But did this solve problem 2? Yes and no. NEC does better on games where the DQN struggled because DQN failed to take advantage of things that pay off in the long term (e.g. special items in Ms. Pac-Man). However, NEC still can’t conquer Montezuma’s revenge. I’ll be interested to see what they try next to tackle the issue.
Nicole: Honestly I’m not sure if we should think of neural network nodes as corresponding to single neurons – I wonder if we’re barking up the wrong tree with that comparison. I personally am much more interested in the intelligent agents approach. In deep reinforcement learning we see a real union and interplay of neuroscientific concepts and machine learning.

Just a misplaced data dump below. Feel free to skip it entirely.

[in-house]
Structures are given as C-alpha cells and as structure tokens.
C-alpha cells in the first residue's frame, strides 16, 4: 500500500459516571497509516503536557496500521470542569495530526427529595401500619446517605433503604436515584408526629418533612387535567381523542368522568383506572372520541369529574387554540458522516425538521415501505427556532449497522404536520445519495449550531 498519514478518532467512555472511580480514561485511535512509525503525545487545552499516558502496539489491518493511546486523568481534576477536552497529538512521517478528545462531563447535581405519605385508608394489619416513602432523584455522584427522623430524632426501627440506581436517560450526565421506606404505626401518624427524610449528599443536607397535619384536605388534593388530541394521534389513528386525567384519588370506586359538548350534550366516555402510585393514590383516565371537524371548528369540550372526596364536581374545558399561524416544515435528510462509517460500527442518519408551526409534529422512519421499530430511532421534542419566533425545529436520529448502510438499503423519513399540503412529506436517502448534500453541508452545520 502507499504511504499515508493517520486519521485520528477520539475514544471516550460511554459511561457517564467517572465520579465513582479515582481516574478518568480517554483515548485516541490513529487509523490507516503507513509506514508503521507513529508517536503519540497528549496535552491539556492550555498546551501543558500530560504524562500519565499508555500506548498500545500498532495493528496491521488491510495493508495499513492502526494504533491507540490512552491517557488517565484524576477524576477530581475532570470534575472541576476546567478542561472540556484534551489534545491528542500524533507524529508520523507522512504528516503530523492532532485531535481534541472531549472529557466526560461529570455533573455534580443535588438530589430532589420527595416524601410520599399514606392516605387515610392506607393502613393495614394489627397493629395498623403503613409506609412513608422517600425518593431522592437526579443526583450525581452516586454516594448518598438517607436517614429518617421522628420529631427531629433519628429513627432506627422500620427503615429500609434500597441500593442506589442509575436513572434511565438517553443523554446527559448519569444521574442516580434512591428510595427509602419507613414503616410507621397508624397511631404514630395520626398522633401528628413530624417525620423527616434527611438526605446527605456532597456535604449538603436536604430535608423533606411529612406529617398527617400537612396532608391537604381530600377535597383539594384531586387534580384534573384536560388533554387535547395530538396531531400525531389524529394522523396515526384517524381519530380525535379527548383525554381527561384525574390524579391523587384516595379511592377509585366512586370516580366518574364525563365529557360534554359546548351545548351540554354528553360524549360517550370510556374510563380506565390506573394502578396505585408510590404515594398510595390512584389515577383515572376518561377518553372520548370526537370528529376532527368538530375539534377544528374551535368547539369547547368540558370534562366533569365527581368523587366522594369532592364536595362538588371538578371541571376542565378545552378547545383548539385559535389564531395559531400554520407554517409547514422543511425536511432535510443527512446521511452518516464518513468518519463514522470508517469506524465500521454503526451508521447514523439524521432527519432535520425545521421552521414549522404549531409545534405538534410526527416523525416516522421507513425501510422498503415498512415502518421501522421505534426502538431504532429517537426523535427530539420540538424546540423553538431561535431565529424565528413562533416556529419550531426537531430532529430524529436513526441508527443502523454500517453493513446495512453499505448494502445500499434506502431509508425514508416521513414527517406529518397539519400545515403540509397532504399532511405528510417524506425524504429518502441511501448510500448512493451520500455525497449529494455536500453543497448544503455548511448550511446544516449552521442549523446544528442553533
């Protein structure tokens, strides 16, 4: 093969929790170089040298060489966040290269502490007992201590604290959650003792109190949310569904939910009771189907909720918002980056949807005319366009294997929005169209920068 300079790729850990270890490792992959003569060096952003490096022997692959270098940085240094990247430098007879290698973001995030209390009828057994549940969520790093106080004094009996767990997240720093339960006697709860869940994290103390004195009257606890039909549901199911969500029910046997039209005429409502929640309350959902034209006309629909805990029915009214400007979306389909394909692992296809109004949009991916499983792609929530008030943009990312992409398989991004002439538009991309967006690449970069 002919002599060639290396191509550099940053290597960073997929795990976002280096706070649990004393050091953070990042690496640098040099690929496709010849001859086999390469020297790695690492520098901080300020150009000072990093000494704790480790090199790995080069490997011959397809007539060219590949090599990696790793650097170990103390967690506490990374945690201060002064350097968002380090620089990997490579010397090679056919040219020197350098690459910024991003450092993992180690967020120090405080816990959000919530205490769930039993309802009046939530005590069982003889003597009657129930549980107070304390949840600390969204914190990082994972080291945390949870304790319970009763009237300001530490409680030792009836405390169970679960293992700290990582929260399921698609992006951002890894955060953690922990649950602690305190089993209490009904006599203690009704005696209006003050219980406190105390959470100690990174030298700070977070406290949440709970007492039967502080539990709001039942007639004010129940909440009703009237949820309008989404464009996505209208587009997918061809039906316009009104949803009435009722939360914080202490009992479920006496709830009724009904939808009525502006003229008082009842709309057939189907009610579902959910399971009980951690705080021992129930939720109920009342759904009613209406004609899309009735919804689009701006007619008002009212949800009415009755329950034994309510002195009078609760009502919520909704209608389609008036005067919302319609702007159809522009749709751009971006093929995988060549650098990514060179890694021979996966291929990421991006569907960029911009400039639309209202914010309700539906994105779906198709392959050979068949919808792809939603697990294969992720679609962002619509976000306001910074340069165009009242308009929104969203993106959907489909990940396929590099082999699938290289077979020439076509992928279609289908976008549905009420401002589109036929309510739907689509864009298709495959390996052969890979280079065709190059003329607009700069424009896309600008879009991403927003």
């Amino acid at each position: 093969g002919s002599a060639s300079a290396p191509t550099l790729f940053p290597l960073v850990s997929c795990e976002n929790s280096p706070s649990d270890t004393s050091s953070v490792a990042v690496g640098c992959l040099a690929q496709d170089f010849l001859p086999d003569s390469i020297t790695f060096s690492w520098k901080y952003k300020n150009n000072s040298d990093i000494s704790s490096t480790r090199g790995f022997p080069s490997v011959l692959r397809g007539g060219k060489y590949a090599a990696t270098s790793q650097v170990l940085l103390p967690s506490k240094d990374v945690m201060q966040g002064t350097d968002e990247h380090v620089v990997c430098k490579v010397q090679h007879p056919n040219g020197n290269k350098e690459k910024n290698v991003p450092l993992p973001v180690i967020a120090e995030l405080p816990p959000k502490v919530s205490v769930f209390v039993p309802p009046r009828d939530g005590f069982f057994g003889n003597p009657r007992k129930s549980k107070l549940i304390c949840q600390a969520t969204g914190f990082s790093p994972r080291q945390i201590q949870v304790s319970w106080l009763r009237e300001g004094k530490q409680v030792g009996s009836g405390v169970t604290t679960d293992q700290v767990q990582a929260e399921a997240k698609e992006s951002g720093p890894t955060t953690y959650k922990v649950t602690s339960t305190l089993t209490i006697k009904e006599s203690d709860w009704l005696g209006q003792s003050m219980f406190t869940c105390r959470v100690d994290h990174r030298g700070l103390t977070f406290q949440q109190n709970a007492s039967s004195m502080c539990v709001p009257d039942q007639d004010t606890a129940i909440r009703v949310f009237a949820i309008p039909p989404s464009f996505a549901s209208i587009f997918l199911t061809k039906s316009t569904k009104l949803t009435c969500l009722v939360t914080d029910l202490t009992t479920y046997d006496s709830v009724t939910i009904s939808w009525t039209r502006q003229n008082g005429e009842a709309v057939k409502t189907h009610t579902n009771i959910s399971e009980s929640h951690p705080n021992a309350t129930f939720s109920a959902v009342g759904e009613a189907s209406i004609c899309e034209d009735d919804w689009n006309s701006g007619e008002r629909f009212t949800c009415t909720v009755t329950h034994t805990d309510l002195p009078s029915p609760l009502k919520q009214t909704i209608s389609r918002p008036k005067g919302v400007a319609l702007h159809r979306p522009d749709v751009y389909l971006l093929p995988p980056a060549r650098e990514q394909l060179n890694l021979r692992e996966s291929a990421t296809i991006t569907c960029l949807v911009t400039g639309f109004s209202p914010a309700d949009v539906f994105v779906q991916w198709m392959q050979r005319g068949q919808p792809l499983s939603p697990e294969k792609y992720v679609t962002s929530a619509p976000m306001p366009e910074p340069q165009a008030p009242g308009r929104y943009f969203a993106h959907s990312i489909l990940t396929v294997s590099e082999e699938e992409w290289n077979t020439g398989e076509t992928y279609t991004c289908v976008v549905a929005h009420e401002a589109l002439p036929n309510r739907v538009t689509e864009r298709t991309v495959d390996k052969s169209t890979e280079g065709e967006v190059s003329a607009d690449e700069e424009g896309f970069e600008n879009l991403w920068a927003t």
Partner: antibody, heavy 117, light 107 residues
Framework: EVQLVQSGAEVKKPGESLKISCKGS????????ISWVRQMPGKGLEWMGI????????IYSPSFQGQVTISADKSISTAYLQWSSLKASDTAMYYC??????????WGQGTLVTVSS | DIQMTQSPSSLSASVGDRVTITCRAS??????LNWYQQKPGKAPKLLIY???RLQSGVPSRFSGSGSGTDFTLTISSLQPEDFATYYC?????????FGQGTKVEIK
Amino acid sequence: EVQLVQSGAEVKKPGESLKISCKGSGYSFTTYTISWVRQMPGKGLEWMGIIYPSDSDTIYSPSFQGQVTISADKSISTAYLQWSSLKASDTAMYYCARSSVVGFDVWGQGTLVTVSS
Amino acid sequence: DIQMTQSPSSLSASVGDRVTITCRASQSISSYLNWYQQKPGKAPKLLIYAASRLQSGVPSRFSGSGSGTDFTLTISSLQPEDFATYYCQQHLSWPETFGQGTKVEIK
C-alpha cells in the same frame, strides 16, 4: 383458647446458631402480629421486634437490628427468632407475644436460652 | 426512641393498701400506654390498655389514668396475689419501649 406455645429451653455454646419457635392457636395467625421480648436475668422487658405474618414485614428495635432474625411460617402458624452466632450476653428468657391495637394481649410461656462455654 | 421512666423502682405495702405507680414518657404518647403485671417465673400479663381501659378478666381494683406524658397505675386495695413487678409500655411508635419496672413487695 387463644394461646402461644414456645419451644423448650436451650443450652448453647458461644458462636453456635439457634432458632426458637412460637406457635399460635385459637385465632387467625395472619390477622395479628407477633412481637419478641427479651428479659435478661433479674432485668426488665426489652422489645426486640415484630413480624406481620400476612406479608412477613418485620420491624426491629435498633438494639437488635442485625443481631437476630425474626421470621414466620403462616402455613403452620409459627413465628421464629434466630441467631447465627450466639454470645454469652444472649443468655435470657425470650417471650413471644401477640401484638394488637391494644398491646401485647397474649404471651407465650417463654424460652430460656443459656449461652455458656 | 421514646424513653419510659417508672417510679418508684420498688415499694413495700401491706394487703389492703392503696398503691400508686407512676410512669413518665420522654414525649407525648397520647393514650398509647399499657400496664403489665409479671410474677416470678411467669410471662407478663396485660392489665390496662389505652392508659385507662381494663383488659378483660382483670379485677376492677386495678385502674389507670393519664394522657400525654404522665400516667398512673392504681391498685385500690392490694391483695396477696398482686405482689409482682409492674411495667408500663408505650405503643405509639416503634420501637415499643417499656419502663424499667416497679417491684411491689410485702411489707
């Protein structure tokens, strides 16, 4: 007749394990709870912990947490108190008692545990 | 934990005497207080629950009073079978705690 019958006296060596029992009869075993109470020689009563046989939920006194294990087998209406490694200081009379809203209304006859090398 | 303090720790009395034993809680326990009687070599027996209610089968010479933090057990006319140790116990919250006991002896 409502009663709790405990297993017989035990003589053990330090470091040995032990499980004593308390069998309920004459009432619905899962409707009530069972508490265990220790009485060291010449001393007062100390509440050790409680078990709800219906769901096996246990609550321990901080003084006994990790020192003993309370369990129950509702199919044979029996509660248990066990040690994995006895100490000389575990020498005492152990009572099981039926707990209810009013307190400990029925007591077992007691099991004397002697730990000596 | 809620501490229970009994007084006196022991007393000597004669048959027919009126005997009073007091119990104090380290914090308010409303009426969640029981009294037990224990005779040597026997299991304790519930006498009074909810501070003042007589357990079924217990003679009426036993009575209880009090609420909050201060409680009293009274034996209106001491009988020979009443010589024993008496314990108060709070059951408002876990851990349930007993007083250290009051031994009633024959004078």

Alona: I feel like the two (RL and neural networks) are coming at the problem of learning from two very different perspectives, and both have something to add to our understanding of biological learning. I’m interested to see how the study of artificial neural networks can help us understand the brain, and vice versa.
I’m also interested in the idea of cost functions — that is, what exactly is the brain optimizing? The cost function for playing montezuma’s revenge is very different from the cost function for learning to name farm animals. These cost functions can operate at very different time scales (e.g. many levels of a video game vs responding to a particular picture stimulus) and take very different information into account (visual, verbal, touch, movement…). I’m interested in how the brain might define its own set of cost functions, and how those functions might interact with particular learning tasks.
In our next post we’ll handle that question. What are the cost functions in the brain?